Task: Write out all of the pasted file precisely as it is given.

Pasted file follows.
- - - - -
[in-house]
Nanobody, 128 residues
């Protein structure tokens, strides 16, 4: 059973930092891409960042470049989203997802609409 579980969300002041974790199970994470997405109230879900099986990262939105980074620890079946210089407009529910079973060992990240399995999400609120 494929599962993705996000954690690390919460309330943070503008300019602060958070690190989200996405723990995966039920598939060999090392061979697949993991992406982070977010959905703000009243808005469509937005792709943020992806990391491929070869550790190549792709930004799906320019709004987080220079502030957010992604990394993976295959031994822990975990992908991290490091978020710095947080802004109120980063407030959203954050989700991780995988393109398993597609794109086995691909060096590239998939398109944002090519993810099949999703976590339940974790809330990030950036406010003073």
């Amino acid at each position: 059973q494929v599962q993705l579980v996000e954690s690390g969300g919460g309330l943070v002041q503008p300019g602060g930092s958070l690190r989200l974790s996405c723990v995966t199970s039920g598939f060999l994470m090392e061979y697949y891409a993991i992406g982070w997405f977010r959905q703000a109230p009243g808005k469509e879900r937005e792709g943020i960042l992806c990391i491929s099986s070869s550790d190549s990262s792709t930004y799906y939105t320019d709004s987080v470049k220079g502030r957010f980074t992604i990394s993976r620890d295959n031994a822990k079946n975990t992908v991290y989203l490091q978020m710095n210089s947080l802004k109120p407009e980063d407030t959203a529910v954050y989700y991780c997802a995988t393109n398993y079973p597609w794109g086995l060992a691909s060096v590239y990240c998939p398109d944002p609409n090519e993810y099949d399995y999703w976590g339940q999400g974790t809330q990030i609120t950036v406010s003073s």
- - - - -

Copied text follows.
[in-house]
Nanobody, 128 residues
């Protein structure tokens, strides 16, 4: 059973930092891409960042470049989203997802609409 579980969300002041974790199970994470997405109230879900099986990262939105980074620890079946210089407009529910079973060992990240399995999400609120 494929599962993705996000954690690390919460309330943070503008300019602060958070690190989200996405723990995966039920598939060999090392061979697949993991992406982070977010959905703000009243808005469509937005792709943020992806990391491929070869550790190549792709930004799906320019709004987080220079502030957010992604990394993976295959031994822990975990992908991290490091978020710095947080802004109120980063407030959203954050989700991780995988393109398993597609794109086995691909060096590239998939398109944002090519993810099949999703976590339940974790809330990030950036406010003073």
């Amino acid at each position: 059973q494929v599962q993705l579980v996000e954690s690390g969300g919460g309330l943070v002041q503008p300019g602060g930092s958070l690190r989200l974790s996405c723990v995966t199970s039920g598939f060999l994470m090392e061979y697949y891409a993991i992406g982070w997405f977010r959905q703000a109230p009243g808005k469509e879900r937005e792709g943020i960042l992806c990391i491929s099986s070869s550790d190549s990262s792709t930004y799906y939105t320019d709004s987080v470049k220079g502030r957010f980074t992604i990394s993976r620890d295959n031994a822990k079946n975990t992908v991290y989203l490091q978020m710095n210089s947080l802004k109120p407009e980063d407030t959203a529910v954050y989700y991780c997802a995988t393109n398993y079973p597609w794109g086995l060992a691909s060096v590239y990240c998939p398109d944002p609409n090519e993810y099949d399995y999703w976590g339940q999400g974790t809330q990030i609120t950036v406010s003073s």